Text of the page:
On Friday 23rd September 2022 the UK’s new Chancellor, Kwasi Kwarteng, delivered a ‘Mini-Budget’ outlining the UK’s plan for growth. Precisely six months to the day since the March 2022 Budget, the announcements represent a fundamental policy shift to taxation with a clear focus on UK competitiveness. Off the back of the Bank of England’s interest rates rises the previous day, unprecedented levels of inflation and sterling dropping to record lows against the dollar, bold action was required. The new Prime Minister, Liz Truss, promised tax cuts in the Conservative leadership race and her government has wasted little time in delivering on their promises.

Key announcements:

  • 45%  40% Additional rate of income tax rate abolished from April 2023.
  • 20% → 19% Basic rate of income tax rate from April 2023.
  • 35% → 32.5% Decrease in effective rate on dividends for additional rate taxpayers from April 2023.
  • 15.05% → 13.8% NIC rise of 1.25% reversed from 6th November 2022.
  • 25% → 19% Corporation Tax was due to increase in April 2023, but the rise has now been scrapped.
  • 28% → 27% Corporation Tax for banks was due to increase in April 2023, but the rise has now been scrapped.
  • 31% → 25% Diverted Profits Tax was due to increase in April 2023, but the increase has now been scrapped.
  • £125k → £250k Stamp Duty starting point has increased immediately.
  • £300k → £425k Stamp Duty starting point for first time buyers has increased immediately.
  • IR 35 Rules Reversed Meaning that responsibility to determine employment status will rest once again with contractors.
  • Banker’s Bonuses Cap removed Meaning that banks will once again have greater flexibility on compensation.
  • Office of Tax Simplification Introduced in 2010 will be wound down.

Full details of the Growth Plan can be found here.

The reduction to basic rate income tax from 20% to 19% was announced earlier in the year by the Chancellor’s predecessor, who    promised the cut before the end of the Parliament (in 2024). However, the other announcements represent a seismic shift in the taxation, particularly for HNWIs and the financial services sector. The Institute of Fiscal Studies described it as the biggest tax cutting event since 1972.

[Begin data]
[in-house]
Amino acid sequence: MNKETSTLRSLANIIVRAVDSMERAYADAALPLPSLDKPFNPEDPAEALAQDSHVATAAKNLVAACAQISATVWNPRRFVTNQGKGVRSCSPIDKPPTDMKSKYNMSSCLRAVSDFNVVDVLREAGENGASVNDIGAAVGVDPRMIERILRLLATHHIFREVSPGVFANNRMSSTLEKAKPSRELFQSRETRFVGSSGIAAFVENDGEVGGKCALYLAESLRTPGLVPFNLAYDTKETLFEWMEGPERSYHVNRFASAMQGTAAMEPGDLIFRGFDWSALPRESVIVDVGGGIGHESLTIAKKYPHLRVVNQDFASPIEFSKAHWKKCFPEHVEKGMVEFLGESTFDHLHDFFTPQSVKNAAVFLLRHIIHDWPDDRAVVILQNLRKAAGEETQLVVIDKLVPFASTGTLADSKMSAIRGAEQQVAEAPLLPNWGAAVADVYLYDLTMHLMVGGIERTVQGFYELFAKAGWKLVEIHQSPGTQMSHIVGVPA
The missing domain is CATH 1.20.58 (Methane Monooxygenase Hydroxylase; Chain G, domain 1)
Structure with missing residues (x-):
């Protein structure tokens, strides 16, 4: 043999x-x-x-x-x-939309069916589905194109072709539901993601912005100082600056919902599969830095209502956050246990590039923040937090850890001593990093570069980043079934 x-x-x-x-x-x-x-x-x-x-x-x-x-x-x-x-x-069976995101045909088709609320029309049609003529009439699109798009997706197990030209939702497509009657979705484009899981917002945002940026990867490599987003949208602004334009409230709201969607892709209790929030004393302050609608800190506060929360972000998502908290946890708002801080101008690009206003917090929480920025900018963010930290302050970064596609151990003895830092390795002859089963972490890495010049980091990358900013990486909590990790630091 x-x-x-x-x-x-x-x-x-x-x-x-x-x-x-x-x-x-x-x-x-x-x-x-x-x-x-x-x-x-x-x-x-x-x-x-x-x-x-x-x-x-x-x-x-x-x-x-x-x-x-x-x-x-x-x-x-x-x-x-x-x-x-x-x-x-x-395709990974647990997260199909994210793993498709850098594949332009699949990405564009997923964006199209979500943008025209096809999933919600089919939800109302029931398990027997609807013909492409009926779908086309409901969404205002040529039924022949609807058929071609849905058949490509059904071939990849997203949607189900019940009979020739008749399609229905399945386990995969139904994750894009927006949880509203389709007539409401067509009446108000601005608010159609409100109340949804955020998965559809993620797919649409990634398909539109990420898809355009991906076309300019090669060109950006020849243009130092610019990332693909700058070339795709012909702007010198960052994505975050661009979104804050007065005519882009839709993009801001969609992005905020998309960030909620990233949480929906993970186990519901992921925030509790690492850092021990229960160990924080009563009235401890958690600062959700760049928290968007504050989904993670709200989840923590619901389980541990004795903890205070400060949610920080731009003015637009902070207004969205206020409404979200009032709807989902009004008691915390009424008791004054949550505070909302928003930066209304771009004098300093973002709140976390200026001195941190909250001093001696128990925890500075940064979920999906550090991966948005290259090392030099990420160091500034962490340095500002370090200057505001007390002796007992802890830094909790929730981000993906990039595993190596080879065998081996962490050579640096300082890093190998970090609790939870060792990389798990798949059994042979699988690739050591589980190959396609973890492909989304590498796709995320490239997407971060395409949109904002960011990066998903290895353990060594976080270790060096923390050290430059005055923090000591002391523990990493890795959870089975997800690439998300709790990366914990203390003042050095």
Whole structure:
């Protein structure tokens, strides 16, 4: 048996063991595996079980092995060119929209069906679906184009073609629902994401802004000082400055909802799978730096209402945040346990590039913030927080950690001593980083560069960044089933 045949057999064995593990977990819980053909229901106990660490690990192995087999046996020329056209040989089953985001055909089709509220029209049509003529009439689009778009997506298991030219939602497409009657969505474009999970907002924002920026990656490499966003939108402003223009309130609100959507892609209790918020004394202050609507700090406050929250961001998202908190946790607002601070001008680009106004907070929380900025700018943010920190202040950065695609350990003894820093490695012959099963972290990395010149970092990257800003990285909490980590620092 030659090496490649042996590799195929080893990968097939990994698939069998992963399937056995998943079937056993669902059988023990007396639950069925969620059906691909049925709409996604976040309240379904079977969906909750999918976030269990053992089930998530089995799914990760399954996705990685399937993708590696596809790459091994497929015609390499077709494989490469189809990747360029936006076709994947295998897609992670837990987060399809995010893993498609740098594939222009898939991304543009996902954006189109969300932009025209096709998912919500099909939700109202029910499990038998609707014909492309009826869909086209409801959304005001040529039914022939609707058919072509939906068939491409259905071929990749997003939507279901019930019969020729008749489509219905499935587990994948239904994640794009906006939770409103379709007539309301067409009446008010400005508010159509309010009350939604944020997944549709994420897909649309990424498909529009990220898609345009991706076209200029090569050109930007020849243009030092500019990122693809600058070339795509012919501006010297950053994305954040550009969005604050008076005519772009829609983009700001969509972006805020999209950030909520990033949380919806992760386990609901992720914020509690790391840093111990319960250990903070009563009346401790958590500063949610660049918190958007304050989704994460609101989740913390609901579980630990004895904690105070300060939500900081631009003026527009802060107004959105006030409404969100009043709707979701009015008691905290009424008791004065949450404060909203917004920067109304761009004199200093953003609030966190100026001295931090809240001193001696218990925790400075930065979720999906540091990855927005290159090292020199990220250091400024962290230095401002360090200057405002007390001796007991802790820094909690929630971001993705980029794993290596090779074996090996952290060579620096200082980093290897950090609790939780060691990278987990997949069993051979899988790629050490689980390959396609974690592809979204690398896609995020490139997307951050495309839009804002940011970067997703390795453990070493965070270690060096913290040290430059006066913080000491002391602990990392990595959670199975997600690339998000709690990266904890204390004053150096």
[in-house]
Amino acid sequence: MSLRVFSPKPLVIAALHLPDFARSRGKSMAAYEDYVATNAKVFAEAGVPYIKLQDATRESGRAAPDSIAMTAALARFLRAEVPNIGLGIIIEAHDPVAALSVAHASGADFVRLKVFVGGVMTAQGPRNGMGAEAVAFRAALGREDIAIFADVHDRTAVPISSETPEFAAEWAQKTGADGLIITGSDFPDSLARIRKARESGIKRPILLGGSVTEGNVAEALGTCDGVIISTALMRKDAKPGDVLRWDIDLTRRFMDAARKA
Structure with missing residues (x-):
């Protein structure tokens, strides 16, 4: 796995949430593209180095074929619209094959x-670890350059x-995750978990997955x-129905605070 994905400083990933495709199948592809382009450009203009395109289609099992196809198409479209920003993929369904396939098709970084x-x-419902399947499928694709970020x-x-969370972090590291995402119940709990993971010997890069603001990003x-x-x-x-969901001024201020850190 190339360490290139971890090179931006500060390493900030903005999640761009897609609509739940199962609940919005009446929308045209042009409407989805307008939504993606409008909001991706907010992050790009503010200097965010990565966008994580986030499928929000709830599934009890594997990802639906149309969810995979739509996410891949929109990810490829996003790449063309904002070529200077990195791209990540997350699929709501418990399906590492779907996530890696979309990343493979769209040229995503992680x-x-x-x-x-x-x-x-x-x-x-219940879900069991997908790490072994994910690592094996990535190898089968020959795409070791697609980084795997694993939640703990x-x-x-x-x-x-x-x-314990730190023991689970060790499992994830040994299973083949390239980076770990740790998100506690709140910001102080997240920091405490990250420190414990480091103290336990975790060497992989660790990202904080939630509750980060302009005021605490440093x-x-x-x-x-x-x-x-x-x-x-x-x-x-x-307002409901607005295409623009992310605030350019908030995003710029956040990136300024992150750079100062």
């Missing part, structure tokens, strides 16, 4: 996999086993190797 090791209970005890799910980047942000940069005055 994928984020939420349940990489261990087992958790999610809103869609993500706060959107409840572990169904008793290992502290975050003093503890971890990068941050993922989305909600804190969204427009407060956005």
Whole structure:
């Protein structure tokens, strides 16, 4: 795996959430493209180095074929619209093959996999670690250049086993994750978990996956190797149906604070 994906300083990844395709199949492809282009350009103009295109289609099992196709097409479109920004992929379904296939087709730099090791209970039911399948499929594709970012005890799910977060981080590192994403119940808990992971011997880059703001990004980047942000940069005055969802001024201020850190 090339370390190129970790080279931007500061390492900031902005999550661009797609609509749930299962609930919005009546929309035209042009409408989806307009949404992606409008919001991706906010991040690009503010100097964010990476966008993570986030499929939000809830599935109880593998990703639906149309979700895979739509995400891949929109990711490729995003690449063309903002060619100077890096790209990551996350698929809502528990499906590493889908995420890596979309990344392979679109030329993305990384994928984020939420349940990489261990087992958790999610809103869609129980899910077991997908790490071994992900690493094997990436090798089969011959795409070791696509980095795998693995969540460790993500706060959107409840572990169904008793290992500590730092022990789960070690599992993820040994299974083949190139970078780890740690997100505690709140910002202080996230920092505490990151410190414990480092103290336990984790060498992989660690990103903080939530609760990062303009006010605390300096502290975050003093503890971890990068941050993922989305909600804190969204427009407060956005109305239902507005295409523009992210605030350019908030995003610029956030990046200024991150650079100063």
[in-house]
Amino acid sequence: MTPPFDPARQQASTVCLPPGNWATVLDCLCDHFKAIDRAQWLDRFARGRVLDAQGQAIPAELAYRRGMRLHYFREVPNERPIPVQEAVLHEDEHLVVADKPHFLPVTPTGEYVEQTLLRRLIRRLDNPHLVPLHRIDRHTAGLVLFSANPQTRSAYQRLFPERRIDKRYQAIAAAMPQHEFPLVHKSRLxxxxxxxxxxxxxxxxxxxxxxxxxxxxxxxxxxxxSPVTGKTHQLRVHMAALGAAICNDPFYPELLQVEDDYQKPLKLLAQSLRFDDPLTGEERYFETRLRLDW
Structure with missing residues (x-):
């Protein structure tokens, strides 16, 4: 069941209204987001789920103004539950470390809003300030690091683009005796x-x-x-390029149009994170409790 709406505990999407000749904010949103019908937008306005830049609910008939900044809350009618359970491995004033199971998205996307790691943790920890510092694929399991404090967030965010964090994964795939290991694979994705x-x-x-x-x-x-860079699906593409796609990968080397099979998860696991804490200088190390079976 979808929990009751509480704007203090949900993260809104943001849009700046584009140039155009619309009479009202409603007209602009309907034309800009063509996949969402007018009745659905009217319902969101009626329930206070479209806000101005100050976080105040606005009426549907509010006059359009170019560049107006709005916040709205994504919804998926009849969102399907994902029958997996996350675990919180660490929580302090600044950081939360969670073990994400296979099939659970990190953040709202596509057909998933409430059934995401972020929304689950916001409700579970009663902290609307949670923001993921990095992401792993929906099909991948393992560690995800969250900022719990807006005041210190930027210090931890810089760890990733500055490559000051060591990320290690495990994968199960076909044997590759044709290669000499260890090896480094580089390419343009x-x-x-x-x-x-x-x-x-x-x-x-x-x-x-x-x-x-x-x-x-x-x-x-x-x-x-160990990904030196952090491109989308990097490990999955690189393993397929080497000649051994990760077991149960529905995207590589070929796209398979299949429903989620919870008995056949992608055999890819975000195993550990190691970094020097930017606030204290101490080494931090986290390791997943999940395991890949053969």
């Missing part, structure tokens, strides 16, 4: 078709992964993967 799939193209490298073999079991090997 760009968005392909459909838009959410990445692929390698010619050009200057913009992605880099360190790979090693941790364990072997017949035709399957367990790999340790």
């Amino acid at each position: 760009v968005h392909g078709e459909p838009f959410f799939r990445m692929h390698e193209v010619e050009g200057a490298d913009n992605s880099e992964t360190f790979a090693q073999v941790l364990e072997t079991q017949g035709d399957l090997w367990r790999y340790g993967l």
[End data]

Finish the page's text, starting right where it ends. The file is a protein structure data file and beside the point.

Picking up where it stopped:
There has been growing concern that London’s status as a global financial services centre had suffered in recent years as the UK began to look decreasingly competitive. With other jurisdictions (US, Singapore, Italy, France and Germany) actively seeking to attract talent and the taxes they bring the Chancellor’s announcements are likely to be seen as a necessary defensive measure. His intentions were made clear: “A strong UK economy has always depended on a strong financial services sector. We need global banks to create jobs here, invest here, and pay taxes here in London, not Paris, not Frankfurt, not New York.”

UK asset managers will again be looking at the comparison between LLP and Ltd structures and re-evaluating their position. From April 2023 effective tax rates for members of LLPs, employees and shareholders in UK companies will all fall significantly, albeit the differential between profit allocations to self-employed individuals and employees will remain. As such, HMRC’s interpretation of the salaried and mixed member rules and associated scrutiny placed on managers is likely to continue. The gap still feels ripe for filling with something equivalent to the employer’s NIC, albeit this needs to be balanced with the lack of optionality to roll-up profits under the mixed membership rules.

Disappointingly there was a missed opportunity to provide the asset management industry with greater support on the VAT treatment for UK fund structures. The absence of such measures hampers the UK’s ability to expand the industry further still. The action taken to support the industry with new fund vehicles and regimes is to be applauded, but if the fundamental issues remain then little progress can be made.

Nonetheless, the headline tax rate reductions and promise of further regulatory changes in the Autumn send a clear message to the financial services sector. The new leadership wants to reaffirm the UK’s status as the world’s financial services centre and is prepared to adopt potentially unpopular policies to achieve this. Politically it feels like a gamble, but with the next general election not due until January 2025 (unless one is called earlier) they have a little over two years to convince the electorate that these policies will succeed.

NOTE: On Monday 3rd October 2022 the Chancellor announced that the proposed abolition of the top rate of tax (45%) will be dropped. The impact on the graph and table above is that effective tax rates will return to 2021-22 levels.